Updated: Jul 22
There is a considerable (and often confusing) number of different yoga styles, from dynamic Ashtanga Vinyasa to alignment-focussed Iyengar Yoga, from meditative Yin Yoga to spiritual Kundalini Yoga. Which style is best for you, depends on a range of factors:
"Some like it hot, some like it cold ...", some like it hard and some like it soft. The advantage of having a wide range of yoga styles is that there is something to suit everybody. Having said that, it is worth keeping in mind that we tend to practice what we like, and maybe forget to practice what we need. So if you always go for the gentle, relaxing style of yoga you may be missing out on the benefits of an active class, like building strength. And if you always go for the challenge, maybe you are missing out on the subtle experiences of a still and permissive class. Variation can help you find that all important balance.
I might state the obvious here, but please be mindful of your health. When you are ill or injured you have to adapt your practice accordingly. Equally, consider your general form and mood of the day: You may be feeling stressed or joyful, low or bursting with energy. All these factors will have an impact on your yoga practice. It has a lot to do with taking care of yourself. An important aspect here is to refrain from comparing yourself with others. Let go of unhelpful amibitions and judgements, and embrace loving acceptance and respect.
Which yoga styles are offered in the area you live in? I started my yoga journey in my local sports centre. It was a generic posture-focussed class, later complemented by a couple of more dynamic, flowing classes. Maybe for that reason, I am less interested in styles and lineages, and more concerned about teaching yoga in a way that is accessible and safe for a wide range of people. If you are really into Yin Yoga and there isn't a Yin class nearby, find an alternative (or practice Yin with me online on a Friday evening!). Any yoga is better than no yoga! And with a lot of online classes available these days, you can complement your group sessions with an online yoga practice at home.
It could be argued that there are as many yoga styles as there are yoga teachers. Just as not all maths or music teachers are the same, so do yoga teachers come in all shapes and sizes, temperaments and personalities. Find someone you feel comfortable with in the sense that you feel accepted, respected, and in safe hands. This will motivate you to attend class regularly (whether that is a group, private or online class). And by practicing regularly, you will gain the most benefits.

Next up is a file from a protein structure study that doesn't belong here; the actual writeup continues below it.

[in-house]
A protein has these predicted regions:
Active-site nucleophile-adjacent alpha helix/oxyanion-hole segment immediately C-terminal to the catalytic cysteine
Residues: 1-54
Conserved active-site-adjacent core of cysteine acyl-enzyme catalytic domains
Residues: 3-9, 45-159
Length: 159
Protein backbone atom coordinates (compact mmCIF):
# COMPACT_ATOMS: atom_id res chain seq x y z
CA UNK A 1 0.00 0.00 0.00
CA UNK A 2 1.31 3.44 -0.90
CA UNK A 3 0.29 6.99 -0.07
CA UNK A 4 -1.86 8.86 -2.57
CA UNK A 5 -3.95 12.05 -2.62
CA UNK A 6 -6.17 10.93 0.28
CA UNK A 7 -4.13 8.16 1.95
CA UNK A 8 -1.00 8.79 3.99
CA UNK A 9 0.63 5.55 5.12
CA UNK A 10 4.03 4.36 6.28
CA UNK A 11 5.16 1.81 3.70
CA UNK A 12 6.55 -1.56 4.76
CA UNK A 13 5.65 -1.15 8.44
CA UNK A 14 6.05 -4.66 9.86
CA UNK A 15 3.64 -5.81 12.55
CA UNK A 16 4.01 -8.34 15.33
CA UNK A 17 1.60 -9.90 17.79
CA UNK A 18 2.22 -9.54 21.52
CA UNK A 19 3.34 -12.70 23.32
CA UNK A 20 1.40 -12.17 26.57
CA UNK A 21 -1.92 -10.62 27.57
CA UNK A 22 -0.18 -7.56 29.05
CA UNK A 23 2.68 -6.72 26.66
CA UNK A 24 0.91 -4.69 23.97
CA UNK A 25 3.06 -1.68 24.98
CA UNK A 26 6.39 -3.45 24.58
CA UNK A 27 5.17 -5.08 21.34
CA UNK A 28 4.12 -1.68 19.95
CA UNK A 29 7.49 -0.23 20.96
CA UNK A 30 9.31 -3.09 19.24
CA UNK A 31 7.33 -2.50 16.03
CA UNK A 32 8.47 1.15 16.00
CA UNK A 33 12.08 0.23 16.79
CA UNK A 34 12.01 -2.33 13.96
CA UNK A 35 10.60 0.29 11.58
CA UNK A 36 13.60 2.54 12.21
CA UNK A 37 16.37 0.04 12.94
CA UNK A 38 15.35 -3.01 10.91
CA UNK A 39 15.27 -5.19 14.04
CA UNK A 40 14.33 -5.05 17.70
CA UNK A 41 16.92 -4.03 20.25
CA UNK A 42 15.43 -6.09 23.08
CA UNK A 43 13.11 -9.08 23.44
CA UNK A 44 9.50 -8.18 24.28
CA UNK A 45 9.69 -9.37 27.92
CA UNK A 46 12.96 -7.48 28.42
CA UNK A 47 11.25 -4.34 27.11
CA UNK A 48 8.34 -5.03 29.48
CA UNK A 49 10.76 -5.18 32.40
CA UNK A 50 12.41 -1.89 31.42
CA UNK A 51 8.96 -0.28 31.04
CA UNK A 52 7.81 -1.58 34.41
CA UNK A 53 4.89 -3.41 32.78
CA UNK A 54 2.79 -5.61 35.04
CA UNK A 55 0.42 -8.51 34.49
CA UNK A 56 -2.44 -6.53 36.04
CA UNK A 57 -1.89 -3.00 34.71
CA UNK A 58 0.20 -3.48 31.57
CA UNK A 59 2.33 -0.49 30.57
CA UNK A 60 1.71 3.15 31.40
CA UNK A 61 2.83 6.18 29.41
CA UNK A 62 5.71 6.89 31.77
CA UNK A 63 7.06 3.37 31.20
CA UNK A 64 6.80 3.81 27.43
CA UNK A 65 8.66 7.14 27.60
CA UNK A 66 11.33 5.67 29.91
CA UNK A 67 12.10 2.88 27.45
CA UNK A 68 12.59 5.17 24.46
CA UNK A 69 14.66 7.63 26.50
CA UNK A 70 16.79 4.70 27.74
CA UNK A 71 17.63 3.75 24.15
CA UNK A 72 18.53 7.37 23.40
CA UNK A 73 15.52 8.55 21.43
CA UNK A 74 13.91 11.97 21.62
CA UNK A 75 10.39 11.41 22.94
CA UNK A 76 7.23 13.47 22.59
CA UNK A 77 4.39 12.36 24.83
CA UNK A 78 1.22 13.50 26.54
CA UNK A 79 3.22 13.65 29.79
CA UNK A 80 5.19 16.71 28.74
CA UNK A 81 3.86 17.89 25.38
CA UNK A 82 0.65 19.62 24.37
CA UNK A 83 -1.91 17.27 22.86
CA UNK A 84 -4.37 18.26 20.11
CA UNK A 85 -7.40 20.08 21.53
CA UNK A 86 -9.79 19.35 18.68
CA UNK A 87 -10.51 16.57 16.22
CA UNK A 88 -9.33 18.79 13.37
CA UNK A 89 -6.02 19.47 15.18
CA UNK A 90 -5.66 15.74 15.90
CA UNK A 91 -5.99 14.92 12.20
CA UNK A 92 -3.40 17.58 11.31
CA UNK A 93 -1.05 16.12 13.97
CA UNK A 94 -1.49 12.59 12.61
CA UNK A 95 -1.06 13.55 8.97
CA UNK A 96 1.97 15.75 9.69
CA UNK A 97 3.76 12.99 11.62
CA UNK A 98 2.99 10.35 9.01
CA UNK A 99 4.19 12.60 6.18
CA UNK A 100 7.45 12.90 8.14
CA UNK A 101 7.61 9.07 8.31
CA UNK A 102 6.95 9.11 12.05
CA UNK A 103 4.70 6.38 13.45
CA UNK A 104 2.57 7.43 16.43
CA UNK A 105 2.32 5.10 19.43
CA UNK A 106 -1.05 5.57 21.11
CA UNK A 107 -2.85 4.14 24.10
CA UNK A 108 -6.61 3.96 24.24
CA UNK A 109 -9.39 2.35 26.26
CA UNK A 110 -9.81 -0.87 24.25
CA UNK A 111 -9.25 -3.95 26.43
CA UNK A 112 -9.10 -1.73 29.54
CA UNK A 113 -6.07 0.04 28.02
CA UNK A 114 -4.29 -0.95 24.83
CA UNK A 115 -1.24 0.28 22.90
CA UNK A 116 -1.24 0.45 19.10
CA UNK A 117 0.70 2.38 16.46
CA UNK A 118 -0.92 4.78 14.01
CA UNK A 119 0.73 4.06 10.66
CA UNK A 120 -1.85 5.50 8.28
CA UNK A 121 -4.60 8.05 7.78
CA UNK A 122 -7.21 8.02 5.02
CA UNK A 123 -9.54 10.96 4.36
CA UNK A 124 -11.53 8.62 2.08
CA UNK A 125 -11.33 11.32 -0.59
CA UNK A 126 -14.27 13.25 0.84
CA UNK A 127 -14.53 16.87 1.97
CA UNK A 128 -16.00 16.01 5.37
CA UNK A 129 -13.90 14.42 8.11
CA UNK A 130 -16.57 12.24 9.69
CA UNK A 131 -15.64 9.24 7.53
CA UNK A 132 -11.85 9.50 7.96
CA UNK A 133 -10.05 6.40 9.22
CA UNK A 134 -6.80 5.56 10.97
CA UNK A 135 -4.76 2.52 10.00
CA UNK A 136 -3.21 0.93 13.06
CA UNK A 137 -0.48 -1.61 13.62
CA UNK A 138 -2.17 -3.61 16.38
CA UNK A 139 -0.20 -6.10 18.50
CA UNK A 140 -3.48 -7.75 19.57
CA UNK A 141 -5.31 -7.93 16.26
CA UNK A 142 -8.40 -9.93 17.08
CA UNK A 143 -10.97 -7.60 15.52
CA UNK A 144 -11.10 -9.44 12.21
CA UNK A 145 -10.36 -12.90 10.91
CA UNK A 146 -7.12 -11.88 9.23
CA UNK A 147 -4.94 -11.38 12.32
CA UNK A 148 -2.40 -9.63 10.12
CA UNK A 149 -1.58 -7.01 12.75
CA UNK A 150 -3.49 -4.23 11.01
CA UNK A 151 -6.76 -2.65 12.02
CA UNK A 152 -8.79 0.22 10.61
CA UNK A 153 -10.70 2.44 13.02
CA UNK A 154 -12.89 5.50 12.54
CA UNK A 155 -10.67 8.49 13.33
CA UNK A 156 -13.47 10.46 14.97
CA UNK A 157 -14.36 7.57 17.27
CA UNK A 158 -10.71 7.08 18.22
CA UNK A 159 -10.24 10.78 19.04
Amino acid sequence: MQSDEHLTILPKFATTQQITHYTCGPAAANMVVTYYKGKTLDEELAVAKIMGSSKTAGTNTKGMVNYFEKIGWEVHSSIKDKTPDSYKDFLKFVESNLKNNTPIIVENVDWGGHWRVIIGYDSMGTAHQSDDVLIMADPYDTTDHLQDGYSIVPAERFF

The essence of all yoga styles is the same: Yoga poses, breathing techniques, and meditations - held together by a philosopical framework. What really makes a difference is the intention with which you practice yoga. If, for example, your intention is to create space for yourself or to let go of stress at work, then you can do that in almost any class, with any teacher. This is perhaps the reason, why yoga has become so popular: Because you can adapt yoga to suit you (rather than the other way round).
Make yoga an activity of daily living
Practice makes perfect. To reap the rewards of yoga, attending classes is only one part of the story: A regular yoga practice at home is important, too. According to research on the frequency of yoga practice, doing yoga at home seems to be even more important than how long we have been practicing yoga or how many classes we take. This emphasizes a simple fact: If we want to fully benefit from our yoga practice, we need to make yoga part of our daily life.
Yoga styles offered by YogaVita
Rise & Shine:
An energising flow class to wake up body and mind
A mindful flow class to stretch and strengthen the entire body
A gentle, slow class witha focus on alignement and stretching
Restore & Relax with Yin Yoga
A mix of gentle movement and still Yin poses to relase the stresses of the week